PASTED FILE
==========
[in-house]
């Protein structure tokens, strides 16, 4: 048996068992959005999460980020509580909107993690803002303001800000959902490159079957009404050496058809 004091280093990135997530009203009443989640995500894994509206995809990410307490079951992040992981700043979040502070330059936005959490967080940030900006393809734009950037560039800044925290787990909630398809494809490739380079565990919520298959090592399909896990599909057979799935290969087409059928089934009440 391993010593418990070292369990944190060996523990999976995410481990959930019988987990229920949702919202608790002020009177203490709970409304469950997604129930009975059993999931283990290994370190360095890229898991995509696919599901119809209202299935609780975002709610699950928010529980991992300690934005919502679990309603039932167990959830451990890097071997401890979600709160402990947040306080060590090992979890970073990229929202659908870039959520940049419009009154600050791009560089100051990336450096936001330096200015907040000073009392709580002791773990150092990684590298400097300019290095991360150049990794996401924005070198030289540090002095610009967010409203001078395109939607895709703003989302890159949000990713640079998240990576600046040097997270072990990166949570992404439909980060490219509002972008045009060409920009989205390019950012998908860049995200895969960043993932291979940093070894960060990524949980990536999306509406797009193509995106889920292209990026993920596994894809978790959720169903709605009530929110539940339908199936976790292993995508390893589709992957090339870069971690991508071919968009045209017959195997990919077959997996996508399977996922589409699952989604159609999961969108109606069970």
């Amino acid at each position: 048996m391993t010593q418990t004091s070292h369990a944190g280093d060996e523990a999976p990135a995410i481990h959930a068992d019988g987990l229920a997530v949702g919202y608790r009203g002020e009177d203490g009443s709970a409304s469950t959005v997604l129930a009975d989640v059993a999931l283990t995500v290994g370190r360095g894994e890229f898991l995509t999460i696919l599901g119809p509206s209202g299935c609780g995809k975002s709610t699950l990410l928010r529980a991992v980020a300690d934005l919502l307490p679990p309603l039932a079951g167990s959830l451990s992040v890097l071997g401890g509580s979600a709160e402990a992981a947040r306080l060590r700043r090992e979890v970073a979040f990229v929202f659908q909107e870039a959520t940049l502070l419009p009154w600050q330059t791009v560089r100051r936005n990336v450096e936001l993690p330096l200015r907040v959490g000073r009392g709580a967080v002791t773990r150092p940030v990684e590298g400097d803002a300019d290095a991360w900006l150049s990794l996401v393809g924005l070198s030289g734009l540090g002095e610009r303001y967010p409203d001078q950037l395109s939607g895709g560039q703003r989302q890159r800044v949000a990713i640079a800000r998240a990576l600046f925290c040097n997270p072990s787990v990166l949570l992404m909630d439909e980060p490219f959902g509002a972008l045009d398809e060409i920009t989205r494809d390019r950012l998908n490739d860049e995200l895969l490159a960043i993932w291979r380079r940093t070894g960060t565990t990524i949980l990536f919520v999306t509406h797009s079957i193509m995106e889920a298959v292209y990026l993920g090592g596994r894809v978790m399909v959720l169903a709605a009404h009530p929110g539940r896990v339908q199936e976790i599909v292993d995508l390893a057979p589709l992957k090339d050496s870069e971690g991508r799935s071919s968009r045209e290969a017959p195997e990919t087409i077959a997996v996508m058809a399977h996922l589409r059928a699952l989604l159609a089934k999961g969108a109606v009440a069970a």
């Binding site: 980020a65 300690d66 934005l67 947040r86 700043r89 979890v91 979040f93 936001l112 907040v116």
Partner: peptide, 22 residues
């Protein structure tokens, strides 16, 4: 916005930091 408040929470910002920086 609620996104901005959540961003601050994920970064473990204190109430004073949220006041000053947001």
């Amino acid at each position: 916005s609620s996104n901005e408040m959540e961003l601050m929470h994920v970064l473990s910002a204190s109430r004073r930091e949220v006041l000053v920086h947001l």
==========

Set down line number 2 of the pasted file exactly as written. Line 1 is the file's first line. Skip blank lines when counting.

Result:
């Protein structure tokens, strides 16, 4: 048996068992959005999460980020509580909107993690803002303001800000959902490159079957009404050496058809 004091280093990135997530009203009443989640995500894994509206995809990410307490079951992040992981700043979040502070330059936005959490967080940030900006393809734009950037560039800044925290787990909630398809494809490739380079565990919520298959090592399909896990599909057979799935290969087409059928089934009440 391993010593418990070292369990944190060996523990999976995410481990959930019988987990229920949702919202608790002020009177203490709970409304469950997604129930009975059993999931283990290994370190360095890229898991995509696919599901119809209202299935609780975002709610699950928010529980991992300690934005919502679990309603039932167990959830451990890097071997401890979600709160402990947040306080060590090992979890970073990229929202659908870039959520940049419009009154600050791009560089100051990336450096936001330096200015907040000073009392709580002791773990150092990684590298400097300019290095991360150049990794996401924005070198030289540090002095610009967010409203001078395109939607895709703003989302890159949000990713640079998240990576600046040097997270072990990166949570992404439909980060490219509002972008045009060409920009989205390019950012998908860049995200895969960043993932291979940093070894960060990524949980990536999306509406797009193509995106889920292209990026993920596994894809978790959720169903709605009530929110539940339908199936976790292993995508390893589709992957090339870069971690991508071919968009045209017959195997990919077959997996996508399977996922589409699952989604159609999961969108109606069970």